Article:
EMA to Conduct EU-Wide Review of Third-, Fourth-Generation Contraceptives

Posted 28 January 2013 | By Alexander Gaffney, RAC 

French regulatory authorities, already reeling from two major scandals involving regulated healthcare products, are now facing yet a third involving an acne and contraceptive drug known as Diane-35.

A report authored by French regulator ANSM and obtained by French newspaper Le Figaro describes serious adverse events suffered by approximately 125 women who took the drug, which is manufactured by Bayer.

The currently unpublished report-set to be released this week-details the deaths from thrombosis of at least four women who took the drug, reports Reuters. An additional three deaths were possibly linked to use of the drug, but less clearly. It remains unclear if those deaths were caused by the drug, or merely associated with it.

Diane-35, generically known as cyproterone acetate, regulates hormones, and is primarily used to treat acne. However, in many countries it is either indicated for use or used off-label as an oral contraceptive-part of the so-called third and fourth generation of contraceptives.

EMA to Conduct Review

In response to the concerns raised in the report, ANSM has reportedly asked the European Medicines Agency (EMA) to review third- and fourth-generation combined oral contraceptives to determine if there is a need to restrict their use to women who are otherwise unable to take other, earlier-generation combined oral contraceptives.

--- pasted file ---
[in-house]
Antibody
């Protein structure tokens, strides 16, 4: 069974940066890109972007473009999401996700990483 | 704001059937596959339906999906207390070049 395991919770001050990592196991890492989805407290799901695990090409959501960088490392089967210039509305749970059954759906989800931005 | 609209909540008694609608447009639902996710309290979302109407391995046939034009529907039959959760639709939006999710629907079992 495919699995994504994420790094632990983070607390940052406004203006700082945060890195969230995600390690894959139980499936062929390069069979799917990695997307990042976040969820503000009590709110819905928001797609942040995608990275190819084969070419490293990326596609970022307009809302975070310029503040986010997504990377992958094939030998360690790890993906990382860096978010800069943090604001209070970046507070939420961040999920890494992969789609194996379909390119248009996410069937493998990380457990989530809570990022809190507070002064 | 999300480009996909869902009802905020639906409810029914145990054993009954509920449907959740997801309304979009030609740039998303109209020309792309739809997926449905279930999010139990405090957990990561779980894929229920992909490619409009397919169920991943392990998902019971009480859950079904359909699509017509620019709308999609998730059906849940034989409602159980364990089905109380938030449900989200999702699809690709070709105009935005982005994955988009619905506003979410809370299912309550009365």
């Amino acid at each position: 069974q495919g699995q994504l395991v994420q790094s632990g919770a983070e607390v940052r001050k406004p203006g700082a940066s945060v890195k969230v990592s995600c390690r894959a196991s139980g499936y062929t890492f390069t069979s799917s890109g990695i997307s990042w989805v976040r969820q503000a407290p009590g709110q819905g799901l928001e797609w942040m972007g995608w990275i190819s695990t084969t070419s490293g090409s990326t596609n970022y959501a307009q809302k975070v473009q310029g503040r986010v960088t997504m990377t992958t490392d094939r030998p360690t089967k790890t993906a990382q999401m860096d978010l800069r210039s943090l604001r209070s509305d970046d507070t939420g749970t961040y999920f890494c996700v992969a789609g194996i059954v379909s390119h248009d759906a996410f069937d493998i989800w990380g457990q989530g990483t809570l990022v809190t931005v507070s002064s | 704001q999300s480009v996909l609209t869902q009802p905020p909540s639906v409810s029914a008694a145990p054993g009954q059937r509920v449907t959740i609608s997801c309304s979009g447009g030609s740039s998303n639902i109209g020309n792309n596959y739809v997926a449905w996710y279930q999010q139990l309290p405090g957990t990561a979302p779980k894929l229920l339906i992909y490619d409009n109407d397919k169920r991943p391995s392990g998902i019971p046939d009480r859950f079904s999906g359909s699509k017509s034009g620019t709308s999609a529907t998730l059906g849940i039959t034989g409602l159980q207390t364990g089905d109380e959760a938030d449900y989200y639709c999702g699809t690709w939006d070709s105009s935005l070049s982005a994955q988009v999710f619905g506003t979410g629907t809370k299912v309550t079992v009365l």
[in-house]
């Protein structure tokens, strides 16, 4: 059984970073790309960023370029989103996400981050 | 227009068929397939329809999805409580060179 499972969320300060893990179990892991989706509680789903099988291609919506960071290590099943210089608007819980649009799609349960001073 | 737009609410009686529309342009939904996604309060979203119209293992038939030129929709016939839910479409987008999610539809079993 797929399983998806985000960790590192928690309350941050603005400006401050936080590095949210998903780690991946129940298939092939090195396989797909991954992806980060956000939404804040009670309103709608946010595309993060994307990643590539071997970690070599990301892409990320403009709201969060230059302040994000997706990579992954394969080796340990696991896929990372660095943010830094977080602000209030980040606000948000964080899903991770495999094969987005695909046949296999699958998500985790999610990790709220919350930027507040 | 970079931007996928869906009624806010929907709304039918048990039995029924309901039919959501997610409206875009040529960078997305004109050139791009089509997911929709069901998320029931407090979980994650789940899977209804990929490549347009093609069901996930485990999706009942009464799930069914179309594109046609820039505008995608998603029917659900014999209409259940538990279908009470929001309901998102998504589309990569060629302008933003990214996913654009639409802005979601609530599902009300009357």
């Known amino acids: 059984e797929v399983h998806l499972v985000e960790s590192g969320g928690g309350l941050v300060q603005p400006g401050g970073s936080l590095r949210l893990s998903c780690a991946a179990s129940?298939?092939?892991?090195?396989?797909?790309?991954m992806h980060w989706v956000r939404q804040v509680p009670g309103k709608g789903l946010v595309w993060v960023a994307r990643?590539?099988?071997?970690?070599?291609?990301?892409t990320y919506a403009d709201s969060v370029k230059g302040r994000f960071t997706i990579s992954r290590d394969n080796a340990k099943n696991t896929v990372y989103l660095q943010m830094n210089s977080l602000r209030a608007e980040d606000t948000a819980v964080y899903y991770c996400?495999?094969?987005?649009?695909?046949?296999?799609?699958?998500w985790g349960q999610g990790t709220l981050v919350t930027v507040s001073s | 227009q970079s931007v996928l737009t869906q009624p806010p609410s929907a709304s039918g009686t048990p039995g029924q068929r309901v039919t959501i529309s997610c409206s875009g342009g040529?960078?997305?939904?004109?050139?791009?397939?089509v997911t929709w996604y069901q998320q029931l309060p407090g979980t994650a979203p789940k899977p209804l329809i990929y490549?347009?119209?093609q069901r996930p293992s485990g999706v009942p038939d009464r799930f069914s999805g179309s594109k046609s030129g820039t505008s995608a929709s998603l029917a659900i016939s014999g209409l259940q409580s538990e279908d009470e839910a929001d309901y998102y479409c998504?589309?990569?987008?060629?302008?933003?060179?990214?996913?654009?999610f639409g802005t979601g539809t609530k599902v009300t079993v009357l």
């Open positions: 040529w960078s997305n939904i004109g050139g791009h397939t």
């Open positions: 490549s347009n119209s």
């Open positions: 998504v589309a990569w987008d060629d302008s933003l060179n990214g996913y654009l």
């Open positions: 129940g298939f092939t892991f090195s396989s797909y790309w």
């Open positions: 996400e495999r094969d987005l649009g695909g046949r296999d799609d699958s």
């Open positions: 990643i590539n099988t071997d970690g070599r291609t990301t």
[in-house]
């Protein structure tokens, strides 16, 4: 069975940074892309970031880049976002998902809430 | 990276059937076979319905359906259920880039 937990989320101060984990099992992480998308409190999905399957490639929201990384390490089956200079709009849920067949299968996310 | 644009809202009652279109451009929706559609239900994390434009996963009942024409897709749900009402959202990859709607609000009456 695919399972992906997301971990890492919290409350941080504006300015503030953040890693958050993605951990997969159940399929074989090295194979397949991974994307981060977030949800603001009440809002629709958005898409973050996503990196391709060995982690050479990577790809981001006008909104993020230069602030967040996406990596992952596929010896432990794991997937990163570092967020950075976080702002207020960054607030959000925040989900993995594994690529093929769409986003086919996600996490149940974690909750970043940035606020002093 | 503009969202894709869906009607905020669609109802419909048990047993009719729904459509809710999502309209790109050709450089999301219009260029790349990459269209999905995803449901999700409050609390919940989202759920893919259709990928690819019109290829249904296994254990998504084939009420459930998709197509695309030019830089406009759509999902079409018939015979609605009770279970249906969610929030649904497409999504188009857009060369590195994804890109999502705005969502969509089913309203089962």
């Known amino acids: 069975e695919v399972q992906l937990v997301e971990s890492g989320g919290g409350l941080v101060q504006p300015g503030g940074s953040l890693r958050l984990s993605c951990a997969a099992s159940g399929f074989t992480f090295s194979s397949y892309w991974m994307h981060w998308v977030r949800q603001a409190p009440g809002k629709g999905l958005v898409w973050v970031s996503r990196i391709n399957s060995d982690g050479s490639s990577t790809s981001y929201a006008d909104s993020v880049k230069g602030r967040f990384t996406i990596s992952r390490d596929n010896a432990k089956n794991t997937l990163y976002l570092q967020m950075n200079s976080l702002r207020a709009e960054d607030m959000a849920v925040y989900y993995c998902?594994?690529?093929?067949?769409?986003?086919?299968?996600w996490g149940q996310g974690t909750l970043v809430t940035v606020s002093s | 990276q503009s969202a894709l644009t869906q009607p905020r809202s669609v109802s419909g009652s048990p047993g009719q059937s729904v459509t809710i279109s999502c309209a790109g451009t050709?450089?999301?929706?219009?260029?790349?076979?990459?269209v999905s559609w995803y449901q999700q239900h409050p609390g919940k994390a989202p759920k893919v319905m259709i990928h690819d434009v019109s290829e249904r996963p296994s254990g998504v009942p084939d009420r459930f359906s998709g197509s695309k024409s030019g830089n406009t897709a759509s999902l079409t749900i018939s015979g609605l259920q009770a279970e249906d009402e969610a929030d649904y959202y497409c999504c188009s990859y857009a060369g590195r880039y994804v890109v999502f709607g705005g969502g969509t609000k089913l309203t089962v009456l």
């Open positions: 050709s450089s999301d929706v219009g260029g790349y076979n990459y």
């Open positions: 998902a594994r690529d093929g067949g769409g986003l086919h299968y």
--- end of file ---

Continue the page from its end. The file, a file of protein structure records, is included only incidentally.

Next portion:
"France has made this request amid recent initiatives to reduce the use of third- and fourth-generation combined oral contraceptives by French women in favor of using second-generation oral contraceptives," EMA wrote in an online post announcing the review.

EMA's announcement noted the already-established risk of patients developing blood clots, but said its Pharmacovigilance Risk Assessment Committee (PRAC) would review the contraceptives to "give its opinion on whether the currently available product information provides the best information possible for patients and doctors to take appropriate healthcare decisions."

Regulators said this is the "first time" that a member state has requested a review and recommendation regarding a medicine under the new pharmacovigilance legislation.

A Series of Scandals

The potential scandal comes in the wake of two other major scandals that occurred between 2011 and 2012 when ANSM's predecessor, Afsapps, was rocked by allegations that it had kept the diabetes drug Mediator on the marketed for years longer than it should have to benefit French drug manufacturer Servier. Then, in 2012, regulators were again rocked by findings that medical device manufacturer Poly Implant Prothese, a breast implant manufacturer, had for years sold a defective implant product made with industrial-rather than medical-grade silicone.

French legislators would eventually reconstitute Afssaps as ANSM in the hopes of giving the regulator a new start and freshened image, as well as new authorities with which to regulate products in postmarket settings.


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